Athens of the North // Edinburgh Festival // Royal Edinburgh Military Tattoo // Edinburgh Fringe // 1 million + visitors per annum...
Edinburgh is the second most visited tourist destination in the UK after London, attracting in excess of a million visitors a year, many who come to see the many festivals the city holds, such as the Edinburgh Festival, Edinburgh Military Tatoo and the Edinburgh Fringe, which is the world’s largest performing arts festival.
The city dates back to the Bronze Age and by the 12th Century was a well established city. Its nickname ‘the Athens of the North’ is derived from the Greco-Roman architecture of the New Town together with the Scottish intellectual elite who were gaining notoriety throughout Europe.
The city is divided in to the Old Town, dating back to medieval times, New Town, an 18th Century solution to the overcrowding of the Old Town and Southside and Leith, Edinburgh’s port.
Edinburgh is also home to Edinburgh University founded in 1583. Many of the university’s buildings are stunning pieces of architecture and make up a significant part of the city’s skyline, such as McEwan Hall and Old College.
Museums and Culture Edinburgh is popular with visitors as there is so much to see and do. Museums
include the Royal Museum, the Museums of Scotland, Edinburgh and Childhood
as well as the National War Museum of
Scotland and National Library of
Scotland. The National Galleries of Scotland are also well worth a visit. Edinburgh is home to the Scottish National Portrait Gallery, the Scottish National Gallery and the Scottish National Gallery of Modern Art. In fact the Scottish National Portrait Gallery just re-opened (December 1st
2011) following major refurbishment and sits next to the Scottish National Gallery between Queen Street and Princes Street,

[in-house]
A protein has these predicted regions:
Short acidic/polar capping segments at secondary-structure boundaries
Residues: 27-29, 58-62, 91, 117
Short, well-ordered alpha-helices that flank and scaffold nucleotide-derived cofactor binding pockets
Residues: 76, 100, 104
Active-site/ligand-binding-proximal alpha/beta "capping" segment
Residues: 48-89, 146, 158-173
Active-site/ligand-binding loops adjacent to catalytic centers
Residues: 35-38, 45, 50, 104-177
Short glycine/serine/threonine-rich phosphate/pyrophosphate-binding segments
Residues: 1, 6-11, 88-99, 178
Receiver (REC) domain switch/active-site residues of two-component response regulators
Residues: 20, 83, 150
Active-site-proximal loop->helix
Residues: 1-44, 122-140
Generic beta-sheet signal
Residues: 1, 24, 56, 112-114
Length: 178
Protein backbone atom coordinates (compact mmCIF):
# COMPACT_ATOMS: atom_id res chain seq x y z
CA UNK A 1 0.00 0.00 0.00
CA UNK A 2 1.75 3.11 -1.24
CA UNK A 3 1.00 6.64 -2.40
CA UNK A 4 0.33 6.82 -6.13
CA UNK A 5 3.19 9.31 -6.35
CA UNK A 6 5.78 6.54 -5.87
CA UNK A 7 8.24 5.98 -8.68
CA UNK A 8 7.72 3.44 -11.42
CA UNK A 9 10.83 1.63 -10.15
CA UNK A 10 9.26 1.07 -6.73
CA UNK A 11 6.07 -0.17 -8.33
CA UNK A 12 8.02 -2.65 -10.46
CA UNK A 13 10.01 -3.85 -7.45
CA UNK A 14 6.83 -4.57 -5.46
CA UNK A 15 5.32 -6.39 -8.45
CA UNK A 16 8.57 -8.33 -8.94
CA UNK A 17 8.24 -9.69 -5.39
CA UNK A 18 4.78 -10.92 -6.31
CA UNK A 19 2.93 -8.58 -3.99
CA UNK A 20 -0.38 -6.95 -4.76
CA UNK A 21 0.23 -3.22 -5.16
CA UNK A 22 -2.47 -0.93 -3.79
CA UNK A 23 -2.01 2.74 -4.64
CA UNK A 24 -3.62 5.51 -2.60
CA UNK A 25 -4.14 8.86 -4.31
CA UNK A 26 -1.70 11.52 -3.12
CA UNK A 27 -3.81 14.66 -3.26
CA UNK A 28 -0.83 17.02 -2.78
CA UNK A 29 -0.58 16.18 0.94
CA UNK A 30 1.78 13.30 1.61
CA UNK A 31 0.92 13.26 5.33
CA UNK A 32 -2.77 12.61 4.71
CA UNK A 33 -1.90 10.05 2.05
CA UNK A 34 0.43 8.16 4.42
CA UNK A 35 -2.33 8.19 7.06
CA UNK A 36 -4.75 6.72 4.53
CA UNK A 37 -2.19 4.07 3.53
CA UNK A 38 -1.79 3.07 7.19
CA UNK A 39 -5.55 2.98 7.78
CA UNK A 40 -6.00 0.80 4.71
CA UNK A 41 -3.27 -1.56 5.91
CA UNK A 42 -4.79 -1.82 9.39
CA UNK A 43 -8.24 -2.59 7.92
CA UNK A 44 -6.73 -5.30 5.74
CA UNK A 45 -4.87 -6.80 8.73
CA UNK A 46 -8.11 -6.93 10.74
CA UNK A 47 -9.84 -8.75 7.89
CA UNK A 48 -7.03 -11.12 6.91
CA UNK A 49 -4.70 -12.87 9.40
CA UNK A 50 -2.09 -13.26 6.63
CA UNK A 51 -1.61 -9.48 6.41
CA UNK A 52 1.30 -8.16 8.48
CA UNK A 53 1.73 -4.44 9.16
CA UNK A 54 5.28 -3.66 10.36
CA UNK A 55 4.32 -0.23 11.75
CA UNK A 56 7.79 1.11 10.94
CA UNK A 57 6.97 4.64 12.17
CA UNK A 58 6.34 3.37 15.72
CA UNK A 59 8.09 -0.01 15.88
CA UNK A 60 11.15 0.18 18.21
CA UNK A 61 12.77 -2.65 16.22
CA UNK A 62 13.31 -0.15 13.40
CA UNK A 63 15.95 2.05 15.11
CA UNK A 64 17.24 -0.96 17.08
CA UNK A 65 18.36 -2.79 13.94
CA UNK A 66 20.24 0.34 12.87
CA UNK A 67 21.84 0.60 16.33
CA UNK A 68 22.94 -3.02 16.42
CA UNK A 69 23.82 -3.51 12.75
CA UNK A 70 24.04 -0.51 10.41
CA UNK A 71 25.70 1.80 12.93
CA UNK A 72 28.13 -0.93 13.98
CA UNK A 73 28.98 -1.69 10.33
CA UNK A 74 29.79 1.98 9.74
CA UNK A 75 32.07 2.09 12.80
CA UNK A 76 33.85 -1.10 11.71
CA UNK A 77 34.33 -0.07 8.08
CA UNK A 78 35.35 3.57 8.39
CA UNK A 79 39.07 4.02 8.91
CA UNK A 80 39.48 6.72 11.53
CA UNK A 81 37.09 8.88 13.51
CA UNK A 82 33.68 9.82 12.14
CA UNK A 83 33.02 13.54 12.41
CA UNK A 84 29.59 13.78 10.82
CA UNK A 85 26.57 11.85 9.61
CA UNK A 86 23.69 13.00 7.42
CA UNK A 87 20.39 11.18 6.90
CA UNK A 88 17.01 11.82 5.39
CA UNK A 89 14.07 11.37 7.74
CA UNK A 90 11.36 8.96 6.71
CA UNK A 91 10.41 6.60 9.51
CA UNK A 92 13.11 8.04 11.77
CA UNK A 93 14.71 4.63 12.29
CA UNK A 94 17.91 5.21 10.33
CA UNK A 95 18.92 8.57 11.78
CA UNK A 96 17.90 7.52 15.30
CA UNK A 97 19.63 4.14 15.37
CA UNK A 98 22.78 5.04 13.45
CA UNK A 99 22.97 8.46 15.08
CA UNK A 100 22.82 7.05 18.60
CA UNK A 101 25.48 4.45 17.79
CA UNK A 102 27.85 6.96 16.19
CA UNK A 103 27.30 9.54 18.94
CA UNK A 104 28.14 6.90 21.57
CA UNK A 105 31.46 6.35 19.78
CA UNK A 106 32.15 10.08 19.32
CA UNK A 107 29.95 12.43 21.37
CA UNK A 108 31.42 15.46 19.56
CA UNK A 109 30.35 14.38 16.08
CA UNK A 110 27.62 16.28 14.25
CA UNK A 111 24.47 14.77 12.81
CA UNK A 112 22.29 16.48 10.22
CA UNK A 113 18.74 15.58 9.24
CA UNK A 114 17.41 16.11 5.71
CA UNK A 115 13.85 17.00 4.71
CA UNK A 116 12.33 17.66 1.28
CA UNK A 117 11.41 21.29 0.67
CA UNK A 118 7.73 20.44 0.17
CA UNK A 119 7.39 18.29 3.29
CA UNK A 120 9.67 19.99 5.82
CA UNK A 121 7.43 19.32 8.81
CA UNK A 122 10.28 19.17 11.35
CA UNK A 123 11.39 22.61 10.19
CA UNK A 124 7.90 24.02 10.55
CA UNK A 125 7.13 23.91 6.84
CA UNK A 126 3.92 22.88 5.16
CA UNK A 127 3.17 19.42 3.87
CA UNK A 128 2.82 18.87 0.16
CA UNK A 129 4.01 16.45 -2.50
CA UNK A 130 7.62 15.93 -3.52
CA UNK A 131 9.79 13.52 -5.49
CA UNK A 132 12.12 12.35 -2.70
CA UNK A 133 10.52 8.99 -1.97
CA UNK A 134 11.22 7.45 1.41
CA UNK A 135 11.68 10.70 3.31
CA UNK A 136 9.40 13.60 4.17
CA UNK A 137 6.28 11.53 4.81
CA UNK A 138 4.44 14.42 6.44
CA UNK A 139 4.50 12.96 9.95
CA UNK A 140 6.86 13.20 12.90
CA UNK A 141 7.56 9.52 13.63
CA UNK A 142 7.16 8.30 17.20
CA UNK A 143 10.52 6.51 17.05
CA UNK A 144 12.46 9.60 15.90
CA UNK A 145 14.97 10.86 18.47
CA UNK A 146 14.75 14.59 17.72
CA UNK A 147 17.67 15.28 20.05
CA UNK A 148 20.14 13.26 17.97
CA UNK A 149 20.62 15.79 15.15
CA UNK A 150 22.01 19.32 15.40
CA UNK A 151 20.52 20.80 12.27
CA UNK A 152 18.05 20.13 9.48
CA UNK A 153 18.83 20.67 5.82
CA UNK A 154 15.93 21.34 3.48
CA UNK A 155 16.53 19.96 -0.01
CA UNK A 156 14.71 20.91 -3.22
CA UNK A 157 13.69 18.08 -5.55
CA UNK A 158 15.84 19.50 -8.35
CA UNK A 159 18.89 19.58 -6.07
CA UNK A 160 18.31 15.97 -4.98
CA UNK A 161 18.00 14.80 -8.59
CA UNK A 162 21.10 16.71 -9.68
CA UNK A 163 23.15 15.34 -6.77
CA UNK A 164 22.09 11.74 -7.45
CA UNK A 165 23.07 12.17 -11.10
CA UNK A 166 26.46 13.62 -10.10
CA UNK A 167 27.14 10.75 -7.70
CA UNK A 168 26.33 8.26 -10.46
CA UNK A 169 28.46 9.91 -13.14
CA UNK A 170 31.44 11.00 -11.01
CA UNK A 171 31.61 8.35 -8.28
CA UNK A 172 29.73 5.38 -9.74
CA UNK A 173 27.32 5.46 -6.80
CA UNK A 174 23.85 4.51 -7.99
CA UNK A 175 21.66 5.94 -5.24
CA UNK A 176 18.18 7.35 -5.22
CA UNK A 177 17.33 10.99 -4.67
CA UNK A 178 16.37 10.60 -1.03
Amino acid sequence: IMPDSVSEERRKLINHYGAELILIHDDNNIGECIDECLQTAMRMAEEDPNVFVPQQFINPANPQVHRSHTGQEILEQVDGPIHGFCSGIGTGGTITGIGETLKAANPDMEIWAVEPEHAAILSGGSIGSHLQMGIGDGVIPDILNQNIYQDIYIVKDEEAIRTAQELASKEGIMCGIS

both being magnificent and iconic buildings in themselves and just a
3 minute walk from Edinburgh Waverley Station.
All the galleries have free admission.
There are a number of theatres and production companies with regular performances in the Edinburgh Festival Theatre, Royal Lyceum Theatre and King’s Theatre.
Restaurants and Shopping There are many great pubs and restaurants in the city and the more popular areas are Grassmarket, Rose Street and Lothian Road and surrounding area as well as the waterfront at Leith. Café Marlayne is well worth a visit for its excellent French cuisine and Dragonfly
is one of Edinburgh’s best kept secrets. Princes Street is the main shopping area and George Street is the home of luxury and designer names and Harvey Nichols even has a rooftop restaurant and bar.
Transportation Edinburgh has a very good bus system throughout the city. Having said that it is not a large city and is easy to walk around, giving you an excuse to take in all the wonderful architecture. Edinburgh Airport is the city’s international airport with an Airlink bus which runs regularly from the city centre to the airport. A return ticket is just £7 and takes about 25 minutes. The mainline station Edinburgh Waverley is connected with King’s Cross Station in London. Edinburgh Haymarket Station is located in the West End. This is the closest station for those of you who are visiting Murrayfield to catch some rugby at the national stadium.
Emma Westman is a
freelance travel writer based in London and has lived in Edinburgh and
California and helped contribute to our Edinburgh section
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